What is your songwriting (or production) process like exactly? What elements do you start with and how do you build your tracks?
I mostly write on my acoustic guitar; play around with chords, find a pattern that seems interesting, and then experiment with melodies, singing gibberish along the way, ultimately finding words that fit. Recording those sessions on my phone has been such a simple but effective game changer, as I can go back and listen to a way I tried singing a line, or a chord progression/rhythm that was interesting, and work on it later.
I keep a notebook of interesting phrases, things people have said, topics that come to mind, and I’ll do free-write sessions on those to see what comes out! As far as production, I start with guitars, add drums, then vocals, bass and other instruments, more or less in that order. Seems to be working for now!
“When I set out to write a song, my goal is to find an interesting angle and be as authentic as possible.”
You worked heavily on your songwriting in a mentorship session with Charlotte Yates. What kinds of things did you work on together?
Charlotte. Where can I even begin? I came into the mentorship with an idea of where I was in my journey as an artist, a vague idea of what I wanted to accomplish, and some sense of where my skills were. More than anything, Charlotte helped me put up guardrails on my momentum, like the bumpers on a bowling lane, to help me better understand what I was trying to do/accomplish.
So, rather than bouncing from side to side, I’m moving forward.
She helped me get over my perfectionist tendencies, guided me to where I should be focusing my attention (turns out, it’s working on being the best songwriter I can be, and not half-assing it as a songwriter who dabbles in half-assed production), helped me determine how best I can spend my regular intentional song-focused time (as well as how to spend a six-hour cross-country flight with no in-flight entertainment and use that to write!), and ultimately create a plan for what’s next!
We talked about the music business side of things as well — representing oneself out in the world, getting marketing/promo materials together and all the other things that I was likely going to push off until way, way later. She motivated me to seek out live performance opportunities to get real time feedback from an audience, which I’m now doing regularly.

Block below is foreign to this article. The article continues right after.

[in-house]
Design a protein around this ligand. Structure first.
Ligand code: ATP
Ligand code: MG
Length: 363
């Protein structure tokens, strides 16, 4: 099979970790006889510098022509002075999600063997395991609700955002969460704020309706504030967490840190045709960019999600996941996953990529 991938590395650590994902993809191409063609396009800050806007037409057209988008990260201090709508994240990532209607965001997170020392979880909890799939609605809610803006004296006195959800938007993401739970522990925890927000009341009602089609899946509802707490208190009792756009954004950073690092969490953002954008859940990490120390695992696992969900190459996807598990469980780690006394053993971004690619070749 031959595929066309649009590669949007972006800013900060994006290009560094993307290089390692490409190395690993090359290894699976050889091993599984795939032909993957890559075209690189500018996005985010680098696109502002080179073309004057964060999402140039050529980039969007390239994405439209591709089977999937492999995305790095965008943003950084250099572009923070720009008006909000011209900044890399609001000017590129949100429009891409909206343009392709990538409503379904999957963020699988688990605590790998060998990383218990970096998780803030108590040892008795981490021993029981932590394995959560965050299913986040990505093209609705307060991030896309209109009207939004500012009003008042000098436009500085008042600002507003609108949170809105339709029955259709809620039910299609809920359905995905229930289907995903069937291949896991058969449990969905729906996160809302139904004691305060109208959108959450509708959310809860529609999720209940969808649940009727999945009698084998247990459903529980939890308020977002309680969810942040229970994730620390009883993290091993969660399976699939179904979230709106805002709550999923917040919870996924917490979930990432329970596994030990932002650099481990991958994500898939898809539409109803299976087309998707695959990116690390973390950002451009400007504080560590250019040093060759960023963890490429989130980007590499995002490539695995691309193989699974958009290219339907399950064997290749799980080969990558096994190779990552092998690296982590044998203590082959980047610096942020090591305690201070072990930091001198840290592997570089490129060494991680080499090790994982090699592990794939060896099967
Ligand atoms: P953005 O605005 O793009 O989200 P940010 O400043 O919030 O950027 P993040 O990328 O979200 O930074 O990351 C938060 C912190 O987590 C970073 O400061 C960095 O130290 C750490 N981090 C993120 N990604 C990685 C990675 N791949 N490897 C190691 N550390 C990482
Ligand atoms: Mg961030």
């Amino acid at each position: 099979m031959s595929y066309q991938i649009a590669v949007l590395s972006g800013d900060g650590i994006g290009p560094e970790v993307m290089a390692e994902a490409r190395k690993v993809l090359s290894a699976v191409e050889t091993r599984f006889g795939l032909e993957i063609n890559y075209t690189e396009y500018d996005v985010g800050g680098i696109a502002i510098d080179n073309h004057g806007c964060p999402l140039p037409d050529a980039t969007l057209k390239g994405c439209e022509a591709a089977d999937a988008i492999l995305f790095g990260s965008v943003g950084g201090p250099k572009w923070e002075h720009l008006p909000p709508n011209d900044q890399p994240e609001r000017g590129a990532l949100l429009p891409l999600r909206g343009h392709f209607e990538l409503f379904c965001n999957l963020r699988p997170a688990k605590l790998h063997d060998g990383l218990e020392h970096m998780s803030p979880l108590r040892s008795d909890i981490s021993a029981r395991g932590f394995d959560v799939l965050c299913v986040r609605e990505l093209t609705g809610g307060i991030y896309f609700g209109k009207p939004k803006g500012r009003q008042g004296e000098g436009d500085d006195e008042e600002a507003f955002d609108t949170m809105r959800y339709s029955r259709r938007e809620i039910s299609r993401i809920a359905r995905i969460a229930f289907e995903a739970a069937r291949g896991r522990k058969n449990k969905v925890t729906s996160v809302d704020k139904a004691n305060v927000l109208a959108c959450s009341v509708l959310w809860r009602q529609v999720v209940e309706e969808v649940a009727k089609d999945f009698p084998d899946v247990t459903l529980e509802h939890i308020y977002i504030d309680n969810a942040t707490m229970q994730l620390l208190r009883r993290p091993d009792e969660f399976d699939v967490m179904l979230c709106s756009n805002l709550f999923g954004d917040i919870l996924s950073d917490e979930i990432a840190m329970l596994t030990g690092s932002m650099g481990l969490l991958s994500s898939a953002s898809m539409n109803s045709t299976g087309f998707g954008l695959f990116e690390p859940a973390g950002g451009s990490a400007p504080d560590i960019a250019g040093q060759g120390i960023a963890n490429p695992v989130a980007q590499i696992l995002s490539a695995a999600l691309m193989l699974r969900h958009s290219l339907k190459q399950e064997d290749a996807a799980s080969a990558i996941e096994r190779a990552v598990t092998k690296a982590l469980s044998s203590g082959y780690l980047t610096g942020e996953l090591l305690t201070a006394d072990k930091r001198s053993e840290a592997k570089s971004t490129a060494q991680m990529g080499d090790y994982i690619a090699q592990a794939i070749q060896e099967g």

In terms of songwriting, she helped me to understand how to best get to the point quickly in my songs, rather than dancing around the topic and eventually getting to it. I’m super appreciative of her knowledge, her skills, and her bedside manner. Because of working with her, I felt comfortable this last week walking into a co-writing session with another local Brooklynite and getting a draft of a new song down in an evening! Pretty exciting stuff.
+ Learn about Soundfly’s goal-oriented custom mentorship program, and fill out a quick form to get paired with a mentor (like Charlotte Yates) to improve your skills!
How was that process of working with a coach in general?
I needed that structure, definitely. Setting clearly defined, reachable goals, setting up those systems… Charlotte was awesome. I would send her drafts of pieces, things I was thinking about, and share what was inspiring, and she would send back thorough feedback, places where I nailed it and places to improve, and was an amazing cheerleader. I started and finished “Hospital Song” while working with her, and it’s the song I’m proudest of writing so far in my songwriting career.
You’re also heavily active on Soundfly’s community Slack channel. What initially brought you to Soundfly?
The office hours on Slack are great, and perusing the archive of conversations and questions is a WEALTH of information. I signed up for BMI and got some other licensing done due to a Flypaper article, and great links from the Slack channel. That is huge! And being able to get feedback from a group of awesome supportive humans is a major plus.
What brought me to Soundfly was my search for a community of other songwriters, but more specifically a mentor relationship — and Soundfly has it all! So much amazing information, communication, and such a caring community. Feel like I struck gold!
What’s next for you in 2022? What are you working on now?
Playing shows (getting involved in Sofar Sounds, opening for other bands, and playing as many open mics as I can manage), maybe building my own band later in the year, and working on writing like a mad man, now that I have a cohesive system to do so.
Right now I’m about halfway done with a song about being overwhelmed by bad news and working on getting my socials, website, and media content up to snuff. For now, folks can find me on Instagram.
Thanks again Jeremy (and high fives to the rest of the Soundfly team)!